This session looks at what publishers are looking for in a book proposal — it will cover such questions as: who will be evaluating my proposal, what are the main questions publishers want answered, how detailed do you have to be, how much do I need to ‘market’ this thing, do I need to provide sample chapters, and what are good strategies for success? I’ll be tackling all this from my experience getting three different monographs accepted by Routledge and Palgrave.

Tuesday 11th January 2-3pm on Zoom. 

https://bournemouth-ac-uk.zoom.us/j/9292103478?pwd=UzJnNTNQWDdTNldXdjNWUnlTR1cxUT09

Meeting ID: 929 210 3478

Passcode: rps!4fmc

Hope to see you there

 

Last BU paper of 2021

The scientific journal Nepal Journal of Epidemiology published its fourth and final issue of 2021 on December 31.  This issue included our systematic review ‘Epidemiologic characteristics, clinical management and Public Health Implications of Coronavirus Disease 2019 (COVID-19) in Pregnancy: A Systematic Review and meta-analysis’.  This review covered the published literature on the epidemiology, clinical management and public health prevention aspects of pregnancy and childbirth and coronavirus (COVID-19) up until December 2020.  We worked hard and fast to submit the paper as soon as possible after the end of 2020 to keep publish up-to-date findings.  We managed this and submitted the paper on March 5th, the peer-review took some months and so did the making of the revisions.  As a result we resubmitted the manuscript of 29 September and we got the acceptance email within a week.  We made it into the next issue of the Nepal Journal of Epidemiology which published exactly one year after the data collection period had ended for our systematic review.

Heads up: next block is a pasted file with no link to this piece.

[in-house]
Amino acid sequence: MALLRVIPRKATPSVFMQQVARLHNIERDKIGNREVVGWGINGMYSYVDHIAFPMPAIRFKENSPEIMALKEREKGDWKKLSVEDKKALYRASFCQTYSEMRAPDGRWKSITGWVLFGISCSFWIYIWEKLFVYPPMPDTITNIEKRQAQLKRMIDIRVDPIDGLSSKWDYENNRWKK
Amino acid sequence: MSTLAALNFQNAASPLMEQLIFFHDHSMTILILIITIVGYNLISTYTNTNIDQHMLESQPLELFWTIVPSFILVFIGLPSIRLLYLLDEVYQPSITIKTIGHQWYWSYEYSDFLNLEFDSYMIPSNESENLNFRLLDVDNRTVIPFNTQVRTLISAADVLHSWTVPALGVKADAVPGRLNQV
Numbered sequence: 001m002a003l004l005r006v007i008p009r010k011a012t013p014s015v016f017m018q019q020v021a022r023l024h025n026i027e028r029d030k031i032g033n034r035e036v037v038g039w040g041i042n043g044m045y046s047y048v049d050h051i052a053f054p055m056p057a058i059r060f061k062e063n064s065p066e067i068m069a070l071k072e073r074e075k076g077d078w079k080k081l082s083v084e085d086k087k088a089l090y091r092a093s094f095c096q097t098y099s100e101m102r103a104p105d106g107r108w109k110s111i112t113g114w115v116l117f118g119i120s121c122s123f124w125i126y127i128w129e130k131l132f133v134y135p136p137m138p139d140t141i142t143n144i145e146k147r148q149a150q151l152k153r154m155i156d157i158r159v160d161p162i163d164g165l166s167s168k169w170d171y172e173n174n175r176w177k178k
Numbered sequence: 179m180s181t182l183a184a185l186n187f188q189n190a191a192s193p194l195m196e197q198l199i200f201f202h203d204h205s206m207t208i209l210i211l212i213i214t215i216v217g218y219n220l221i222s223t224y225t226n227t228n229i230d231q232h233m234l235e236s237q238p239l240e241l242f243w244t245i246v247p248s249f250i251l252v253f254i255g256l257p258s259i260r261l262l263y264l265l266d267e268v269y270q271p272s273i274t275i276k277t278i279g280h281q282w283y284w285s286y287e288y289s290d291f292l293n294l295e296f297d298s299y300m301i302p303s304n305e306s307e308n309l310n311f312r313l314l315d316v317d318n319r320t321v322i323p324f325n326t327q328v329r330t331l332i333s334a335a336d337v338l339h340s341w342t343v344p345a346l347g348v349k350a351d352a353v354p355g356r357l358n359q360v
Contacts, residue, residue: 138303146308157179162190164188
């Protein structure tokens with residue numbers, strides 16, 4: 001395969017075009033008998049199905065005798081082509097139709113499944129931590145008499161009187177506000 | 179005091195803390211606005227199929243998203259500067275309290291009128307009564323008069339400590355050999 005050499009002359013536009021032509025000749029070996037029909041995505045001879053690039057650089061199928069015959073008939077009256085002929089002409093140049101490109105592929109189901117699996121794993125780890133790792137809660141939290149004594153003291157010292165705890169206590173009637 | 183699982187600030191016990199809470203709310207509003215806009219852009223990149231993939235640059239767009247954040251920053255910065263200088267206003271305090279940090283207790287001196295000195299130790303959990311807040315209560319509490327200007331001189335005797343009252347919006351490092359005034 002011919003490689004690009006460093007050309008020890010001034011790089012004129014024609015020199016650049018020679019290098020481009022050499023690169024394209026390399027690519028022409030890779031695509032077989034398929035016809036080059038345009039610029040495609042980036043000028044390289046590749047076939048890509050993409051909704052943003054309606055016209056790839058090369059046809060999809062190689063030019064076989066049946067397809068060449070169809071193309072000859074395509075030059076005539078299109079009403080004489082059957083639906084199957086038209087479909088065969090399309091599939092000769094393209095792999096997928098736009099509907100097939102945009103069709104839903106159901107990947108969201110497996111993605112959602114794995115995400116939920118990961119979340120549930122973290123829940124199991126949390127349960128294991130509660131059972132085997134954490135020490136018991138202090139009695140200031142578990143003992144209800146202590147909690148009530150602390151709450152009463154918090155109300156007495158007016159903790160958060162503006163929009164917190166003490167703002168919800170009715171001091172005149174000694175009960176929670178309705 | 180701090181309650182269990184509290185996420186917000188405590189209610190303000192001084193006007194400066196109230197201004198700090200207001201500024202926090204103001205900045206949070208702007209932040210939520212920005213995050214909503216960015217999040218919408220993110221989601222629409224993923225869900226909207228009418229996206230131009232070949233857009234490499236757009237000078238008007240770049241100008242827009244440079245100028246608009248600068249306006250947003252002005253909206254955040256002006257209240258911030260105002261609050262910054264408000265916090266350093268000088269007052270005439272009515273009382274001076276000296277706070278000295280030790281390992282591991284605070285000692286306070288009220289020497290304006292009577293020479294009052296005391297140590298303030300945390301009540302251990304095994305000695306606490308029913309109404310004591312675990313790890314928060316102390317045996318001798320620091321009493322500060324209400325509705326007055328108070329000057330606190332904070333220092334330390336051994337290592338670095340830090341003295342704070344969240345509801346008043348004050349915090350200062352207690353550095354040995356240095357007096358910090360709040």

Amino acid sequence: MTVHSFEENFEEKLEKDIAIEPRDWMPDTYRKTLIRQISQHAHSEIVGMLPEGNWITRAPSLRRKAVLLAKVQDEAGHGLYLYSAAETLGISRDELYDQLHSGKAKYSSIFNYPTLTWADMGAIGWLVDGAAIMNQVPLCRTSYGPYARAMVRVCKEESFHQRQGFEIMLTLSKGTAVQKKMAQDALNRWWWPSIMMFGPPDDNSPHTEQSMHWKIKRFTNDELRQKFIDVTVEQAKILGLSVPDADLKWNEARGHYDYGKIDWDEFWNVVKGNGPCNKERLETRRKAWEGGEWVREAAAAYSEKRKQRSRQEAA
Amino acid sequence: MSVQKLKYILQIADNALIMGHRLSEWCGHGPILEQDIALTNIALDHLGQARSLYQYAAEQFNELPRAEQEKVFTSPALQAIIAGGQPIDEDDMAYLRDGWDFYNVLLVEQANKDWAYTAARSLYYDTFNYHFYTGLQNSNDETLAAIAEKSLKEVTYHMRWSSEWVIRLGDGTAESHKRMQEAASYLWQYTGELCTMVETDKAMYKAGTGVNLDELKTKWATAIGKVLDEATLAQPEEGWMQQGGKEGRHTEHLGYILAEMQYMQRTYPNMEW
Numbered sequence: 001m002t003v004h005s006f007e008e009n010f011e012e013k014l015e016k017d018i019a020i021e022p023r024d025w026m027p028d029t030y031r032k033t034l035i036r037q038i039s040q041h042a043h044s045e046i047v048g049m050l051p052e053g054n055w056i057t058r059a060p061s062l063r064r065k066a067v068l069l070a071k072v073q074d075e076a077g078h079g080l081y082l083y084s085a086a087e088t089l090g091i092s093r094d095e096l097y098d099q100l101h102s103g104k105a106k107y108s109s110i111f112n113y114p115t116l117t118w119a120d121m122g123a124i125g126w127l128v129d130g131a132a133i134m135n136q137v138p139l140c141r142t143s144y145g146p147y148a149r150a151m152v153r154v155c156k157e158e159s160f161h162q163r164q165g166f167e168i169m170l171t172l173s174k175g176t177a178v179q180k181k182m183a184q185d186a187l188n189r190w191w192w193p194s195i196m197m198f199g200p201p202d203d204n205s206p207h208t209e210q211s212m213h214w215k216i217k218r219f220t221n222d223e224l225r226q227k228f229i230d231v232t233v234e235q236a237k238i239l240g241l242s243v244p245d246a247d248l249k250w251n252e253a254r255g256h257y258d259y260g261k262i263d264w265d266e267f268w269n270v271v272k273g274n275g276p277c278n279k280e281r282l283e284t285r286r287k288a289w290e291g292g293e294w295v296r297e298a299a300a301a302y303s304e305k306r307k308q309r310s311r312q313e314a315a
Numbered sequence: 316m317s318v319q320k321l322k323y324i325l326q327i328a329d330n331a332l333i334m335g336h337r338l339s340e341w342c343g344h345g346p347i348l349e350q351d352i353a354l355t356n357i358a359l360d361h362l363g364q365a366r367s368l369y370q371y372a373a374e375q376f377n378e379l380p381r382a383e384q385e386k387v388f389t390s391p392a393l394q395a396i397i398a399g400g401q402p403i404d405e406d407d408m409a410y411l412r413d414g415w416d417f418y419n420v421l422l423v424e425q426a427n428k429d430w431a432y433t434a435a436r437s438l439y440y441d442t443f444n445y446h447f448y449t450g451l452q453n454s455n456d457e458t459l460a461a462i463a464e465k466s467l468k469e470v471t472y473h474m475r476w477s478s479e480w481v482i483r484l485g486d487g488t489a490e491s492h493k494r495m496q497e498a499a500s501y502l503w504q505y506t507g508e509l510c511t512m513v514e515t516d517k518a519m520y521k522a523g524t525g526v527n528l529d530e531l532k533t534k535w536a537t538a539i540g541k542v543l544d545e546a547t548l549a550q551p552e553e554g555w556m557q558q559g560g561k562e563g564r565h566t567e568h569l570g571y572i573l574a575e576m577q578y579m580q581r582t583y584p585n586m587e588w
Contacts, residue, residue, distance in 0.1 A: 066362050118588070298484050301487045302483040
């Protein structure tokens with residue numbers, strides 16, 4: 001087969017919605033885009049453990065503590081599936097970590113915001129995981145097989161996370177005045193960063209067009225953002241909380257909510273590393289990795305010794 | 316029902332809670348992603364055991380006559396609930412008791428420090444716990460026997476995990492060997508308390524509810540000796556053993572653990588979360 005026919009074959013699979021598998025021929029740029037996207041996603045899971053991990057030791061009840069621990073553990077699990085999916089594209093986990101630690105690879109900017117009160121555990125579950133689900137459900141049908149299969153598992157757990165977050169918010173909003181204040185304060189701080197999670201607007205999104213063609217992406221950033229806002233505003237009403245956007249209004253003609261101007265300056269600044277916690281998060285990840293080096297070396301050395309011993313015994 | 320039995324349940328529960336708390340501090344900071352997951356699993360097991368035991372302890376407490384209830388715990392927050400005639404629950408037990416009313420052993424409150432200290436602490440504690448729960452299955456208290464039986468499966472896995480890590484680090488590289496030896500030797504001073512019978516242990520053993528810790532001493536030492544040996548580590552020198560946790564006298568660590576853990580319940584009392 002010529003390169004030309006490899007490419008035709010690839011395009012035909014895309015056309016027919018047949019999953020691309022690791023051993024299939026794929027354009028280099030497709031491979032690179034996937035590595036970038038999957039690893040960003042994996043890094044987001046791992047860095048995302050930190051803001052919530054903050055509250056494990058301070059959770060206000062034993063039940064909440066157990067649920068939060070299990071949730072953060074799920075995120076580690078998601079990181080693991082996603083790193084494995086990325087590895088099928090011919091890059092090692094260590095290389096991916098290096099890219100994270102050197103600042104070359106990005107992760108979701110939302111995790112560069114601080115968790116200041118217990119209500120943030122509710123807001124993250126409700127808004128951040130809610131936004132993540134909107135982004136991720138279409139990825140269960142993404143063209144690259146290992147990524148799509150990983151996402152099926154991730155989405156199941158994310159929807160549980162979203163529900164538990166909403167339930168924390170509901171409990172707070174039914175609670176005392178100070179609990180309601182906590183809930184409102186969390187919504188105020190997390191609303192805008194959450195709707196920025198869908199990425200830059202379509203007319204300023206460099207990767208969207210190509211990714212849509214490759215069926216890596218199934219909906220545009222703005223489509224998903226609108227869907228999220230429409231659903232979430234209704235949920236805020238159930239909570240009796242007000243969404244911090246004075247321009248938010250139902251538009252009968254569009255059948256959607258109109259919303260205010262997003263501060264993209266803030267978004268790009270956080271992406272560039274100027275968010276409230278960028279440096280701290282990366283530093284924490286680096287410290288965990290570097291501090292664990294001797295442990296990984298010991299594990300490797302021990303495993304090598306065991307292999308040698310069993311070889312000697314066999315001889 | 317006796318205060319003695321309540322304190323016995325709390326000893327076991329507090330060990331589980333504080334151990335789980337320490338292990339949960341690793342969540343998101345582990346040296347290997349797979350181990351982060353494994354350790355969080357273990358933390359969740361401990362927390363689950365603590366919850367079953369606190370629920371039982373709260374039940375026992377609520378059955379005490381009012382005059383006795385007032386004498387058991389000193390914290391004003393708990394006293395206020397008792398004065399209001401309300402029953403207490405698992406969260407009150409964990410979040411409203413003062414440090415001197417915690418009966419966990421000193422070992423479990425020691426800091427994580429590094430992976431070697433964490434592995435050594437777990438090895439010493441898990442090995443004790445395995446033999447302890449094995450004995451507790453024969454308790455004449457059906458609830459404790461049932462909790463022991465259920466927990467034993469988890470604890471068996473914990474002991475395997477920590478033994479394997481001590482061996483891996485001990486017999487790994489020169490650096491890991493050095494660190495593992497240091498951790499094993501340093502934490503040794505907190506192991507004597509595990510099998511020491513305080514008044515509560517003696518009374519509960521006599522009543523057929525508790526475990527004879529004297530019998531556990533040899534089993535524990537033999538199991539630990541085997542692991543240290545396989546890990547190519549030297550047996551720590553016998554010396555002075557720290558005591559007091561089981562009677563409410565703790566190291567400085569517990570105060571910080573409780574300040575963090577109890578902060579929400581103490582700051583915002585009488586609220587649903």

There are two lessons here, first even when submitting to an online journal one will experience a delay in publishing.  Secondly, the 36 paper we included were published in 2020, meaning these scientific  papers were submitted in mid-2020 at the latest in order to make it through the peer-review process, get accepted and formatted for online publication.

In the resubmitted version we had to add as a weakness of this review that: “It is worth noting that this extensive systematic review only
cover papers published in 2020, and hence studies conducted in
or before 2020. This was before the emergence of variants of
COVID-19, especially the delta and omicron variants.”

 

Prof. Edwin van Teijlingen

CMMPH (Centre for Midwifery, Maternal & Perinatal Health).

New BU paper on digital tools for diabetes

Congratulations to BU PhD student Nurudeen Adesina on the publication of his systematic review.  Nurudeen together with Huseyin Dogan in the Department of Computing & Informatics, Sue Green in the Nursing for Long-term Health Centre, and Fotini Tsofliou in Centre for Midwifery, Maternal & Perinatal Health (CMMPH) appeared in print just before Christmas with their paper ‘Effectiveness and Usability of Digital Tools to Support Dietary Self-Management of Gestational Diabetes Mellitus: A Systematic Review‘ [1].

This new paper highlights that advice on dietary intake is an essential first line intervention for the management of gestational diabetes mellitus (GDM). Digital tools such as web-based and smartphone apps have been suggested to provide a novel way of providing information on diet for optimal glucose regulation in women with GDM. This systematic review explored the effectiveness and usability of digital tools designed to support dietary self-management of GDM. A systematic search of Medline, Embase,
Cumulative Index to Nursing and Allied Health Literature (CINAHL), Cochrane Library, and Scopus using key search terms identified 1476 papers reporting research studies, of which 16 met the specified inclusion criteria. The quality of the included studies was assessed using the ErasmusAGE Quality Score or the Mixed Methods Appraisal Tool (MMAT) version 2018. The findings show that the adoption of digital tools may be an effective approach to support self-management relating to healthy diet, health behaviour, and adherence to therapy in women with GDM as a usable intervention. However, the four authors argue that there is a lack of evidence concerning the effectiveness of tools to support the dietary management of GDM. Consideration for ethnic specific dietary advice and evidence-based frameworks in the development of effective digital tools for dietary management of GDM should be considered as these aspects have been limited in the studies reviewed.

Reference: